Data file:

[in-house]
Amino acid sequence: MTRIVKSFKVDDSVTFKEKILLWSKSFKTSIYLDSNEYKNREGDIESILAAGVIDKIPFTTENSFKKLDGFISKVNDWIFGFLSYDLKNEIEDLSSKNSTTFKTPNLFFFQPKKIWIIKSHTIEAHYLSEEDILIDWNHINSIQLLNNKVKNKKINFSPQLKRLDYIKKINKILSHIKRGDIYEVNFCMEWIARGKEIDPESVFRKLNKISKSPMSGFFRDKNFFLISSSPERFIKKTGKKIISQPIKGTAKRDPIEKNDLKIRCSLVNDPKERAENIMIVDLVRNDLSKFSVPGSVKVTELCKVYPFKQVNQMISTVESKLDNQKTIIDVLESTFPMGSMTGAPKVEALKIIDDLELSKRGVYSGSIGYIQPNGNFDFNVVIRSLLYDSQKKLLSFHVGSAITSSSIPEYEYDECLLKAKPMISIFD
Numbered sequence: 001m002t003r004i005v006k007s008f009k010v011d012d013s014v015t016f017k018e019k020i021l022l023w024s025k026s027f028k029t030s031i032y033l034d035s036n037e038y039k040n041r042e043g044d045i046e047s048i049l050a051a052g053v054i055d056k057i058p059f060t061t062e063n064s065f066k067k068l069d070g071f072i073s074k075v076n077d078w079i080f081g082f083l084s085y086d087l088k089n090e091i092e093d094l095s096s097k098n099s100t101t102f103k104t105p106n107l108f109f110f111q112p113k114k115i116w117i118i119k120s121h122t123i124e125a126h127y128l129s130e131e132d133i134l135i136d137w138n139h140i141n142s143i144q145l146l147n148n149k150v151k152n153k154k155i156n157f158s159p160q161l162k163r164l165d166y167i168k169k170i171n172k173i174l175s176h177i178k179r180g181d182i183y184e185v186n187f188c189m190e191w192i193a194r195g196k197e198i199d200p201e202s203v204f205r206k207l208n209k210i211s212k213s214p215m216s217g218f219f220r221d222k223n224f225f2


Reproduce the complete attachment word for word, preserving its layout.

[in-house]
Amino acid sequence: MTRIVKSFKVDDSVTFKEKILLWSKSFKTSIYLDSNEYKNREGDIESILAAGVIDKIPFTTENSFKKLDGFISKVNDWIFGFLSYDLKNEIEDLSSKNSTTFKTPNLFFFQPKKIWIIKSHTIEAHYLSEEDILIDWNHINSIQLLNNKVKNKKINFSPQLKRLDYIKKINKILSHIKRGDIYEVNFCMEWIARGKEIDPESVFRKLNKISKSPMSGFFRDKNFFLISSSPERFIKKTGKKIISQPIKGTAKRDPIEKNDLKIRCSLVNDPKERAENIMIVDLVRNDLSKFSVPGSVKVTELCKVYPFKQVNQMISTVESKLDNQKTIIDVLESTFPMGSMTGAPKVEALKIIDDLELSKRGVYSGSIGYIQPNGNFDFNVVIRSLLYDSQKKLLSFHVGSAITSSSIPEYEYDECLLKAKPMISIFD
Numbered sequence: 001m002t003r004i005v006k007s008f009k010v011d012d013s014v015t016f017k018e019k020i021l022l023w024s025k026s027f028k029t030s031i032y033l034d035s036n037e038y039k040n041r042e043g044d045i046e047s048i049l050a051a052g053v054i055d056k057i058p059f060t061t062e063n064s065f066k067k068l069d070g071f072i073s074k075v076n077d078w079i080f081g082f083l084s085y086d087l088k089n090e091i092e093d094l095s096s097k098n099s100t101t102f103k104t105p106n107l108f109f110f111q112p113k114k115i116w117i118i119k120s121h122t123i124e125a126h127y128l129s130e131e132d133i134l135i136d137w138n139h140i141n142s143i144q145l146l147n148n149k150v151k152n153k154k155i156n157f158s159p160q161l162k163r164l165d166y167i168k169k170i171n172k173i174l175s176h177i178k179r180g181d182i183y184e185v186n187f188c189m190e191w192i193a194r195g196k197e198i199d200p201e202s203v204f205r206k207l208n209k210i211s212k213s214p215m216s217g218f219f220r221d222k223n224f225f2